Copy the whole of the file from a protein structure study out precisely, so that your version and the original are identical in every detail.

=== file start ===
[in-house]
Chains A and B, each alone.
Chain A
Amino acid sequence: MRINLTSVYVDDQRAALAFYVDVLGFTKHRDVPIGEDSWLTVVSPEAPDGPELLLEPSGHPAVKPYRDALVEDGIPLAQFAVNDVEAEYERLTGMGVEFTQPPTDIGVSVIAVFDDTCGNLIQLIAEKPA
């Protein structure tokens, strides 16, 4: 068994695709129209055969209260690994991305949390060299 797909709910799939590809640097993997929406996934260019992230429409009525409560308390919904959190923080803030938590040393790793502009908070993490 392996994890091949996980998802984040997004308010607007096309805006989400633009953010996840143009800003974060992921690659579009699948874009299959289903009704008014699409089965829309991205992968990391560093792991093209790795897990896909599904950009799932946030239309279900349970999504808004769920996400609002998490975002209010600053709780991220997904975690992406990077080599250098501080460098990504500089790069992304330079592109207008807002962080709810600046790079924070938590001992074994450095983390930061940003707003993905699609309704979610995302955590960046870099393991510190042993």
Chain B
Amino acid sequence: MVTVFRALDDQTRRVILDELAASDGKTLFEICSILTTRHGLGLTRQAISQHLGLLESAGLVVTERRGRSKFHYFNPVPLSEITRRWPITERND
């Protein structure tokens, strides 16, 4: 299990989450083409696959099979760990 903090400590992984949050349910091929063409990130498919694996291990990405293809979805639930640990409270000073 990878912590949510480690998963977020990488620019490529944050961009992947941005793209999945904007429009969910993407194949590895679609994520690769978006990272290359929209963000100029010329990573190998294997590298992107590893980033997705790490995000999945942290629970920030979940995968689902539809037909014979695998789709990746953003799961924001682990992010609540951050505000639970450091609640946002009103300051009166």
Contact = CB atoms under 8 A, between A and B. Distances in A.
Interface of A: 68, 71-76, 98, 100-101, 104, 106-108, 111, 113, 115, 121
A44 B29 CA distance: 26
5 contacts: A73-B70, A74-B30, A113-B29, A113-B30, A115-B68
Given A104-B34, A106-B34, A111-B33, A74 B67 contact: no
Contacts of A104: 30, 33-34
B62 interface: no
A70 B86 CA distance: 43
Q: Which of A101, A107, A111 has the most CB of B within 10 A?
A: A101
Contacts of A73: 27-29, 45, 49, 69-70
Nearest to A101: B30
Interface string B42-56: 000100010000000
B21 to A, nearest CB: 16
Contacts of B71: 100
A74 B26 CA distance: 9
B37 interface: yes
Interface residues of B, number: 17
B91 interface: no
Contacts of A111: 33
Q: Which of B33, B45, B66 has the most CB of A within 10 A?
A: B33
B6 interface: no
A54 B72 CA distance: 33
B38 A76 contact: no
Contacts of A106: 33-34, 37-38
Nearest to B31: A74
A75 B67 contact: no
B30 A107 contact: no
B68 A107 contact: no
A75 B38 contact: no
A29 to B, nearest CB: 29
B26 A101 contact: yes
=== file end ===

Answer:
[in-house]
Chains A and B, each alone.
Chain A
Amino acid sequence: MRINLTSVYVDDQRAALAFYVDVLGFTKHRDVPIGEDSWLTVVSPEAPDGPELLLEPSGHPAVKPYRDALVEDGIPLAQFAVNDVEAEYERLTGMGVEFTQPPTDIGVSVIAVFDDTCGNLIQLIAEKPA
């Protein structure tokens, strides 16, 4: 068994695709129209055969209260690994991305949390060299 797909709910799939590809640097993997929406996934260019992230429409009525409560308390919904959190923080803030938590040393790793502009908070993490 392996994890091949996980998802984040997004308010607007096309805006989400633009953010996840143009800003974060992921690659579009699948874009299959289903009704008014699409089965829309991205992968990391560093792991093209790795897990896909599904950009799932946030239309279900349970999504808004769920996400609002998490975002209010600053709780991220997904975690992406990077080599250098501080460098990504500089790069992304330079592109207008807002962080709810600046790079924070938590001992074994450095983390930061940003707003993905699609309704979610995302955590960046870099393991510190042993």
Chain B
Amino acid sequence: MVTVFRALDDQTRRVILDELAASDGKTLFEICSILTTRHGLGLTRQAISQHLGLLESAGLVVTERRGRSKFHYFNPVPLSEITRRWPITERND
């Protein structure tokens, strides 16, 4: 299990989450083409696959099979760990 903090400590992984949050349910091929063409990130498919694996291990990405293809979805639930640990409270000073 990878912590949510480690998963977020990488620019490529944050961009992947941005793209999945904007429009969910993407194949590895679609994520690769978006990272290359929209963000100029010329990573190998294997590298992107590893980033997705790490995000999945942290629970920030979940995968689902539809037909014979695998789709990746953003799961924001682990992010609540951050505000639970450091609640946002009103300051009166």
Contact = CB atoms under 8 A, between A and B. Distances in A.
Interface of A: 68, 71-76, 98, 100-101, 104, 106-108, 111, 113, 115, 121
A44 B29 CA distance: 26
5 contacts: A73-B70, A74-B30, A113-B29, A113-B30, A115-B68
Given A104-B34, A106-B34, A111-B33, A74 B67 contact: no
Contacts of A104: 30, 33-34
B62 interface: no
A70 B86 CA distance: 43
Q: Which of A101, A107, A111 has the most CB of B within 10 A?
A: A101
Contacts of A73: 27-29, 45, 49, 69-70
Nearest to A101: B30
Interface string B42-56: 000100010000000
B21 to A, nearest CB: 16
Contacts of B71: 100
A74 B26 CA distance: 9
B37 interface: yes
Interface residues of B, number: 17
B91 interface: no
Contacts of A111: 33
Q: Which of B33, B45, B66 has the most CB of A within 10 A?
A: B33
B6 interface: no
A54 B72 CA distance: 33
B38 A76 contact: no
Contacts of A106: 33-34, 37-38
Nearest to B31: A74
A75 B67 contact: no
B30 A107 contact: no
B68 A107 contact: no
A75 B38 contact: no
A29 to B, nearest CB: 29
B26 A101 contact: yes